When Anxiety is the Air We Breathe.

I fear the dark. I fear new places. I fear buses, airplanes, trains, and the back of SUVs. I fear elevators and rollercoasters and I even used to fear movie theaters. But no. In reality, I don’t fear these things. I fear the anxiety, the panic that all these places can stir up inside me. I fear eternity. I fear being trapped.

Let me start from the beginning.

When I was very little, I was shoved into a trashcan by two neighborhood boys. They shut me in and wouldn’t let me out. I have no memory of this and no witnesses. All I know is that I came running home sobbing and telling my mom what happened.

It took me a very long time to realize how much that moment has shaped my life. I was starting to see it in so many areas. There was a time when drinking water with lemon was the scariest thing, something I actually had to overcome in therapy. It was the seeds. It was irrational.

You see, about 10 years ago now – wow. I had to take an “I need to compose myself” break here. This was shocking. So many years I have suffered. So many exhausting years – I was eating a burrito (oh my gosh that sounds so ridiculous).. *sigh*… So I was eating a burrito and I swallowed too big of a bite. It felt like it was going to get stuck and I instantly launched into an intense panic attack. I went outside and got myself to calm down but something had changed in that moment. A switch was flipped and from that point on, I would be dealing with the effects of this moment for a long time to come.

My counselor one time asked me to visualize anxiety. “What would it look like?” This is the best thing I could ever describe it as:


“Your mind is your prison when you focus on your fear.”  –Tim Fargo

This was a dark, black smoke filling my body at all times. Sometimes it was so thick it was all I could see, all I could feel. It would choke me, robbing me of breath and the light from my soul. It would burn and fill my eyes with tears. It would tear me down, it would break me. Over and over again. I would go blind. I would shut down. I would break free then I would break down.

And Again.

This was not a sustainable way to live so about a year ago I got help. I started seeing a counselor and it was LIFE CHANGING. I could go into a year’s worth of what I learned, and maybe someday I will. For now, I want to share my story in the present, I want to share my progress as I continue to learn to live with anxiety, to cope and to eventually, hopefully, be free of it.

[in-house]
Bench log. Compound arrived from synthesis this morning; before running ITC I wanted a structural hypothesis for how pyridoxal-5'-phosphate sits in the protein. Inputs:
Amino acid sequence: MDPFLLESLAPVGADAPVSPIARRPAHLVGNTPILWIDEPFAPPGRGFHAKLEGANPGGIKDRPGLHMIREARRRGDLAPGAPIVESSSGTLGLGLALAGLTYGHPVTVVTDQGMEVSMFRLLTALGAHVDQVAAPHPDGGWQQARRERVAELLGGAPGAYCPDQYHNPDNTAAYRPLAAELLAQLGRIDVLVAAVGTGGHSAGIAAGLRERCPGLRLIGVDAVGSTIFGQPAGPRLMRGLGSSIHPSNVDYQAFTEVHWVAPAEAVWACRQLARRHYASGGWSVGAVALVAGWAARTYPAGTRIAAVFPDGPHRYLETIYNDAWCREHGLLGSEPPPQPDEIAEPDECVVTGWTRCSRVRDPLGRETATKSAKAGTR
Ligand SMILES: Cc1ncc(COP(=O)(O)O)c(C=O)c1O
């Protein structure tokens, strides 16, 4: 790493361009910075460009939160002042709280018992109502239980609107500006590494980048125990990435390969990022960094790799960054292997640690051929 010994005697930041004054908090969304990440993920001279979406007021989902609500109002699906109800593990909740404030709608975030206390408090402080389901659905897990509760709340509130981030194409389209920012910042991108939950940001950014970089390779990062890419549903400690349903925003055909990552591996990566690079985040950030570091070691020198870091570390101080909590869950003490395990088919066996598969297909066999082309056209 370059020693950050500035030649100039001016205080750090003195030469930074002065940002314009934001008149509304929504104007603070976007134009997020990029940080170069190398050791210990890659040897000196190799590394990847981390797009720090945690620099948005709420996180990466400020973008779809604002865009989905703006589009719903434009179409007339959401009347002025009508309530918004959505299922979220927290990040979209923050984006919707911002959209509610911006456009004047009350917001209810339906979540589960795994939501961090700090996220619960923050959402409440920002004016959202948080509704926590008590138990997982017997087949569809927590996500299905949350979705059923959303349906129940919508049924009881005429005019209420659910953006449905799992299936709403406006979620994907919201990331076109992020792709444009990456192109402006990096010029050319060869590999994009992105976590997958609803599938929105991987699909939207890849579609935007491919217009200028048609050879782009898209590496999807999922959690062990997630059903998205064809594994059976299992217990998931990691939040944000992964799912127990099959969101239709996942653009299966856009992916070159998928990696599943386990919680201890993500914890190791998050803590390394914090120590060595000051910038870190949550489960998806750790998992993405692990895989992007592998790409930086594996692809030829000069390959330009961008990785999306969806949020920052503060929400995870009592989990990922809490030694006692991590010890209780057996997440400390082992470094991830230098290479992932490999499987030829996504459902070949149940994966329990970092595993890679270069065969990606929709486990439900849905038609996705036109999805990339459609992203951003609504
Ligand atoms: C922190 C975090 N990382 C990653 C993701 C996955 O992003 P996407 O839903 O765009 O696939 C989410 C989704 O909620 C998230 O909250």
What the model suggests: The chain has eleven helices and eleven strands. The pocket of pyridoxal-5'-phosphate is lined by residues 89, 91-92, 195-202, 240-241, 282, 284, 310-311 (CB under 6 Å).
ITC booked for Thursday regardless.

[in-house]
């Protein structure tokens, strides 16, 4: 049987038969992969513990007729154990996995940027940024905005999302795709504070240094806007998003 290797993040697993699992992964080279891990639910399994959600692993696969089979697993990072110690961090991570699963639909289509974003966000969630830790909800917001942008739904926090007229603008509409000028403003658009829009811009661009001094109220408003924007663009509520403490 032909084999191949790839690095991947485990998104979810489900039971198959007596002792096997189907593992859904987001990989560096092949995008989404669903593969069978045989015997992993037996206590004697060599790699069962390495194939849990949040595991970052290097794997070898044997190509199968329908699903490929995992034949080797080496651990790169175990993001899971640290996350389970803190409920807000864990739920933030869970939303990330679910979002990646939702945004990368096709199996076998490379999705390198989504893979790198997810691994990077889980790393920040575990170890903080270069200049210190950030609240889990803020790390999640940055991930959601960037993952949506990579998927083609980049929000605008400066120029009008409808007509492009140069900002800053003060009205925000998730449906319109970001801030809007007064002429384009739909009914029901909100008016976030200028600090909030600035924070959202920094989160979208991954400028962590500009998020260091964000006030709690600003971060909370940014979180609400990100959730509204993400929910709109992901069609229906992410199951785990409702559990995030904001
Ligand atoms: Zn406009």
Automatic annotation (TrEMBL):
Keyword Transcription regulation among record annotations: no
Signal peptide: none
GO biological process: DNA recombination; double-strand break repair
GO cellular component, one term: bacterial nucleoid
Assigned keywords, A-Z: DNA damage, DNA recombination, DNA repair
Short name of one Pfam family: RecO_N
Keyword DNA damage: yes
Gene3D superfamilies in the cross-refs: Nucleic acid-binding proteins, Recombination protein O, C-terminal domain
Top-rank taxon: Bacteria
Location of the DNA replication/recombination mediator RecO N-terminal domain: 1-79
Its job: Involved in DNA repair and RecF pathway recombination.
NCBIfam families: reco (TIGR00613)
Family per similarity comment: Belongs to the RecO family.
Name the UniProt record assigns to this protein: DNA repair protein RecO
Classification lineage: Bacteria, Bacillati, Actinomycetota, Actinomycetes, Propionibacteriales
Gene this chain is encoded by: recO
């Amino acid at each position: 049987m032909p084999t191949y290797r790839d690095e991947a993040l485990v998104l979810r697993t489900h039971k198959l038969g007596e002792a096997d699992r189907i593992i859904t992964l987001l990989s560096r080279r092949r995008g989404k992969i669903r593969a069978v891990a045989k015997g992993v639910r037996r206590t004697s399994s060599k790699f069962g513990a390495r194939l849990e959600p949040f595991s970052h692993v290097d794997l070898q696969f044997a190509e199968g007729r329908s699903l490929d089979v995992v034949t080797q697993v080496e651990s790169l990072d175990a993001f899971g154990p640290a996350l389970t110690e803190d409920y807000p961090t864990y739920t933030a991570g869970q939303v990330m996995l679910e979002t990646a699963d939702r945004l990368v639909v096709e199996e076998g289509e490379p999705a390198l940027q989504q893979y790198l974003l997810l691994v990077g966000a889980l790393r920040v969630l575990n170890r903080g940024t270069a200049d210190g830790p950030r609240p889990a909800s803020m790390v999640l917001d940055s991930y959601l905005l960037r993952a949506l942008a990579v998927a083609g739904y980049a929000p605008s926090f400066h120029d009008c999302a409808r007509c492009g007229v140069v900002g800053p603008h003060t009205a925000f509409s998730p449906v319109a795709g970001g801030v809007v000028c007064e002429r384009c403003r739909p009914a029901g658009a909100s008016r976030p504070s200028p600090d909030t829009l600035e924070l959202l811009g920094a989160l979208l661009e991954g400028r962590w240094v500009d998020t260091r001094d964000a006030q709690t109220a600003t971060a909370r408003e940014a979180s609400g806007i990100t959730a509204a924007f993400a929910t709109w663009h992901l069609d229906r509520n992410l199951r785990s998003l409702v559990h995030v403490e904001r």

I am still scared of the dark.

I am 33 years old and I have to use a night light. I used to be ashamed of that because I didn’t know why. Let me explain a little more. I’m not really afraid of the dark. The dark makes me do weird – and potentially dangerous – things. Here’s a quick story:

Over 10 years ago, around the same time (probably after) the burrito/choking incident, I was in Florida with a friend. We were in a hotel and up on the 11th floor if I recall. I had a dream that I still vividly remember. I was in a room, a dark room, and I couldn’t see any doors or windows. I started panicking (in my dream) while fumbling around this room looking for a way out. I felt for a handle and found it. I opened the door and there I was. Standing on the 11th story balcony looking out over the ocean. But I was no longer in my dream. I was now awake. Had I not woke up..

Needless to say, we leaned a chair up against the door handle to be sure I wouldn’t do it again (I mean who knows what would’ve happened had the light not brought me back to reality.) To this day, I still sleep with a light on. If I don’t, I will wake up, usually screaming in a full-blown panic. I don’t ever have panic attacks as violent or painful as the ones I have when I dream in dark rooms.

I have come a long, long way.

I drink water with lemon. I go on elevators (though I am picky and I usually avoid them. Plus, stairs = good exercise anyways.). I ride in the back of my car but I have a hard time in other cars. I haven’t yet gone on a plane again but working towards that. No trains for now. I love movie theaters.

I have ups and downs and plenty of setbacks but I’m moving forward, always. I’ll be keeping up with my progress as I start my EMDR this week. Stay tuned and if you’re the praying sort, please keep me there, in your prayers. This doesn’t just affect me, it affects everyone around me, especially my husband and my baby boy. It keeps us from living our lives to the fullest and that…. THAT I hope to change.

For myself. For them.





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